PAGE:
110sport.tv produce a monthly online magazine called On-Q, which this month includes a particularly personal interview with Peter Ebdon, who has moved to Hungary following the break-up of his marriage.

You can read it here.



There is some light at the end of the tunnel for those Scottish players hoping to join the main tour next season.

You may recall the WPBSA withdrew the concessionary place following endless turmoil north of the border which has resulted in two different factions calling themselves the governing body.

But now the Snooker Players Association, a new body designed as a union for players - which had been the original function of the WPBSA - will decide on a process by which to award the place to a Scottish player.

Pat Mooney of the SPA and a WPBSA board member said: "I will be meeting with John Higgins and Alan McManus to discuss the formation of an overseer group and will be hoping to involve all those stakeholders in the game to ensure a clear understanding of the required process.

"The SPA has one single objective and that is to produce a worthy candidate to join the privileged ranks of the main tour. There will be no account taken for politics or current challenges with Scottish Snooker and the place will be awarded on merit.

"We anticipate the support of all potential candidates, the EBSA, Scottish Snooker Ltd, Sport Scotland and of course the WPBSA."

Scotland is a country that has produced four world champions and a host of other quality players.

Let's hope for the sake of Scottish amateurs and the future of the sport in Scotland that this new initiative is successful.



Here's what Steve Davis told the Kerryman newspaper this week about his infamous black ball defeat to Dennis Taylor in the 1985 World Championship final:

"It's only now you can look back on it and realise you were a part of sporting history. I would rank it above the six world titles I won."

Such sentiment seemed unlikely in the immediate aftermath of the final when he struggled to speak at all when faced with David Vine and his microphone.

John Virgo tells a story about putting his head round Steve's dressing room door to commiserate and finding him in floods of tears.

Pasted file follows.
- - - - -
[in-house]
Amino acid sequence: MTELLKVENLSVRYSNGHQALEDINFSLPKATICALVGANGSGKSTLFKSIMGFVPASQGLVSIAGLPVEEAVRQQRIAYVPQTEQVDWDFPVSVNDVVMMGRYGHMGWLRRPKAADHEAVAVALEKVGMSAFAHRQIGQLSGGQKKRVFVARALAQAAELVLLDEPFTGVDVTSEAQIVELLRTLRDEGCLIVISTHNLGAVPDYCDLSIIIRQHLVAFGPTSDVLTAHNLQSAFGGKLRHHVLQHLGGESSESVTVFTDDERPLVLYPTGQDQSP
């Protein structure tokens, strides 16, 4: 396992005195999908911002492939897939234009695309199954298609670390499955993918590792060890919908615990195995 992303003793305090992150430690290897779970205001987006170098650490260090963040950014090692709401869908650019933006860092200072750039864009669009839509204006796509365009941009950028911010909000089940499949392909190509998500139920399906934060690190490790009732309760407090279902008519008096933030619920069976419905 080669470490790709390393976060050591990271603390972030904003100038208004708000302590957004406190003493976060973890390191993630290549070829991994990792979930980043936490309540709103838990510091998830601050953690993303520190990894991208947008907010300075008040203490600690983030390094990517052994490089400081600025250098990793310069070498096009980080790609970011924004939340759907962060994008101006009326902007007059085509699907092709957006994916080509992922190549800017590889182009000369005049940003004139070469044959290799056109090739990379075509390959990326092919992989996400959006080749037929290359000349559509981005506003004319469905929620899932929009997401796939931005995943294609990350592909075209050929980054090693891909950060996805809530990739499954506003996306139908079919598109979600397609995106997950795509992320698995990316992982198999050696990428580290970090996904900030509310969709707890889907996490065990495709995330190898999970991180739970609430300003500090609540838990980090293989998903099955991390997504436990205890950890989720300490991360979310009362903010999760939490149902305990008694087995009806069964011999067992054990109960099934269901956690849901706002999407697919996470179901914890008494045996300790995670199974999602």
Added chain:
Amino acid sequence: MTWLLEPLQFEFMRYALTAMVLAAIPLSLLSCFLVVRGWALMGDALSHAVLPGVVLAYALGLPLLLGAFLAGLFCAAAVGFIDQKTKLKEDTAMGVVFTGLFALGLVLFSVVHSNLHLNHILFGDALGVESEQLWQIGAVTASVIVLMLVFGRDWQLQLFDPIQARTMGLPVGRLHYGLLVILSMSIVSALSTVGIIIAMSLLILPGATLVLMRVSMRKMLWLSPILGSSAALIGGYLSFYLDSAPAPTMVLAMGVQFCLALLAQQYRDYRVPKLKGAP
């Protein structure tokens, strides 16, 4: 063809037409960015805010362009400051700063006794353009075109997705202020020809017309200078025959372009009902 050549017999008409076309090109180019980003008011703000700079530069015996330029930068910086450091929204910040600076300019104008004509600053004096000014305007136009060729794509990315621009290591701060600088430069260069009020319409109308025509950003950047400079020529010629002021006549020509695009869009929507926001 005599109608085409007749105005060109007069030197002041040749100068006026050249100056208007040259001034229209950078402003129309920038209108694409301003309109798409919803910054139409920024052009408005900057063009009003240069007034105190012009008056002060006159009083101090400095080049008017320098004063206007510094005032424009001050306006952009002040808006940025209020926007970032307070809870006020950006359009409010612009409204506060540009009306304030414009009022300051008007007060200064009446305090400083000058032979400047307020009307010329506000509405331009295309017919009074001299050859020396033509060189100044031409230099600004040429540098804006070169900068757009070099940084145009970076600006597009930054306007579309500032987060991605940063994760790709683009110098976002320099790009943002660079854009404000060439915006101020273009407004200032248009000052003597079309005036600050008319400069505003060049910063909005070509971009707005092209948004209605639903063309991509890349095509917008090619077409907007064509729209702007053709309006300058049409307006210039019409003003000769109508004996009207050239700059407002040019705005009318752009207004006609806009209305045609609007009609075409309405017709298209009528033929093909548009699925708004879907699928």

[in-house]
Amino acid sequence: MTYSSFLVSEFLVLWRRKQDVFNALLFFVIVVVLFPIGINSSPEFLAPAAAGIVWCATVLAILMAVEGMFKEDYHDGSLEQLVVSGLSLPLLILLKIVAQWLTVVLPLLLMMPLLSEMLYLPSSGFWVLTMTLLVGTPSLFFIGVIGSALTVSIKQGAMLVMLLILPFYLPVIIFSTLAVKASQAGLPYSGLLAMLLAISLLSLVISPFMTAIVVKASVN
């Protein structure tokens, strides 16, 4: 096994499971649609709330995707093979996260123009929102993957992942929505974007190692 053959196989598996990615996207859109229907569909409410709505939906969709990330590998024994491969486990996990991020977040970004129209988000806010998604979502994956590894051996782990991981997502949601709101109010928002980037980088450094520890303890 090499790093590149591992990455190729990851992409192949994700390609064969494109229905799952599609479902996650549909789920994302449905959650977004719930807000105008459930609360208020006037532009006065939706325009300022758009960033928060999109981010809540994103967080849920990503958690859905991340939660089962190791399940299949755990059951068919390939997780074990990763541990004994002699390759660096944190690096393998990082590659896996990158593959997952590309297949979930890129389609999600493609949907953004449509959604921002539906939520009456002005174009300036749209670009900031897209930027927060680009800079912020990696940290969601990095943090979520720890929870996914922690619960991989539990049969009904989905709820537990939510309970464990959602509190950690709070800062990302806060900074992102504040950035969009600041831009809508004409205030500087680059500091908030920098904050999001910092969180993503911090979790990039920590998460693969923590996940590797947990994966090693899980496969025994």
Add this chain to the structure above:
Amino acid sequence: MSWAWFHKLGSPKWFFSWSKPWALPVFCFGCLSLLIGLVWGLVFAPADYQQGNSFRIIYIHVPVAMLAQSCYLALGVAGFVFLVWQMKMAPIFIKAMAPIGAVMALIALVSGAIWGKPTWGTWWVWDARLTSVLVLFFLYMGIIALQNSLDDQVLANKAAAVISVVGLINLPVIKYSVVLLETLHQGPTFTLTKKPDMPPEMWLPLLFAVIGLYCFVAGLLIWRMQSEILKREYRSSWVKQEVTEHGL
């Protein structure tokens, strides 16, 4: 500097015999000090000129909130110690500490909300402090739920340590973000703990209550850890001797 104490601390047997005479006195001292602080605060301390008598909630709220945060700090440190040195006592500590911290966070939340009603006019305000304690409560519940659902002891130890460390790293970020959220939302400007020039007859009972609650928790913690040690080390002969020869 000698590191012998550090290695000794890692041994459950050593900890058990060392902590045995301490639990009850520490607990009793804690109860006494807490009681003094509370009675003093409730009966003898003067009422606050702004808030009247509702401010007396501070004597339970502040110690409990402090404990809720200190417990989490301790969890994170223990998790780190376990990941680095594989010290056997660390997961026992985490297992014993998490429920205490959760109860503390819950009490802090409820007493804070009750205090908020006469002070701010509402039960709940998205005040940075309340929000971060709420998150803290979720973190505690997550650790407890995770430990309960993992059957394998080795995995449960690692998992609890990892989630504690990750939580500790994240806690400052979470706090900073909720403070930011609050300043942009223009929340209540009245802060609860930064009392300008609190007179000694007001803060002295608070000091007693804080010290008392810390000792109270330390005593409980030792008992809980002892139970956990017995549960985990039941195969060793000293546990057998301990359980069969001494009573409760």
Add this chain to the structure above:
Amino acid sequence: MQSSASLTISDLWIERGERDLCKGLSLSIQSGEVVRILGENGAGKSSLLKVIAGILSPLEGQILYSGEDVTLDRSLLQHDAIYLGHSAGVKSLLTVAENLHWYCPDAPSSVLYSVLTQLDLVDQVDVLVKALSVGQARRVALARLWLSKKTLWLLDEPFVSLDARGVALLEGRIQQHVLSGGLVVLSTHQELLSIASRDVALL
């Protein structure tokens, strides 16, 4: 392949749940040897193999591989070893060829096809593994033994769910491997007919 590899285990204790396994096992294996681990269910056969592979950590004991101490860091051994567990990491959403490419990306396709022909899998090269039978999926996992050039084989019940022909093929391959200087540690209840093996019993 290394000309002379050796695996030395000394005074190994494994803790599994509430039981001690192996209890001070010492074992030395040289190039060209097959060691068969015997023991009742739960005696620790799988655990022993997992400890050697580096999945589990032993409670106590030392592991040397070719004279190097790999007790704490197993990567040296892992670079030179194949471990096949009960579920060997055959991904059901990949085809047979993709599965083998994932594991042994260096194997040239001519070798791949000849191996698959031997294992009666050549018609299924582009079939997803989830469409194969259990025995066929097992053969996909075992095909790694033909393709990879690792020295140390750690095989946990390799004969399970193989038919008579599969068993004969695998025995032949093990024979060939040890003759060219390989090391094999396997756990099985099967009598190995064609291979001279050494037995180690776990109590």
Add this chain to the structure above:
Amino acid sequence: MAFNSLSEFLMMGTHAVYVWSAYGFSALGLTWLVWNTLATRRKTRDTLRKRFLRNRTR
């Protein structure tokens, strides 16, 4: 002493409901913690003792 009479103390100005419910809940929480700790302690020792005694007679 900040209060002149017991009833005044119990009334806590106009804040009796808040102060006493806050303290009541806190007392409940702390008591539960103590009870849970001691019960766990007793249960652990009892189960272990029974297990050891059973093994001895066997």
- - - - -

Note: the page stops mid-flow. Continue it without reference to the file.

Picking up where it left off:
Time is a great healer and Davis can be content enough with his career to accept that this was one that got away, but that it's fondly remembered not just among snooker people but further afield.

There were 18.5m viewers still watching at midnight after all.

There will be much spoken about the 1985 final at this year's World Championship as it's the 25th anniversary.

In truth, though, it has come to be something of a millstone around the sport's neck because it gives feature writers the chance to trot out the tired old line that 'snooker never gets 18m any more.' As if any other sport does outside of really, really big occasions like an England match in the World Cup.

I'm surprised Steve ranks that final above his six Crucible victories, although he may mean it in terms of moments rather than triumphs.

I certainly hope it's not what he's remembered for because he was a great player - the best ever until Stephen Hendry came along - and should be celebrated for his achievements, which were many and glorious.

You can read the Kerryman's report of his exhibition with Taylor here.



How about this for controversy?

What's interesting is that the referee replaces the cue ball in the 'D' even though it has not left the bed of the table - the crux of the discussion last year when Graeme Dott used his fist to stop the white going in a pocket and Mark Selby was then penalised for picking it up.



This Friday sees the start of the qualifiers for the Betfred.com World Championship.

Yes, it really has come round that quickly.

There are in effect two World Championships: the one everyone watches on TV or at the Crucible and the dogfight to get there. The latter can often be more interesting and more exciting.

To not be at the Crucible as part of the 32-man field for the televised phase is to end the season in disappointment. I’ve known players literally leave the country so as to avoid the 17-day marathon, although with increased global TV coverage this gets harder every year.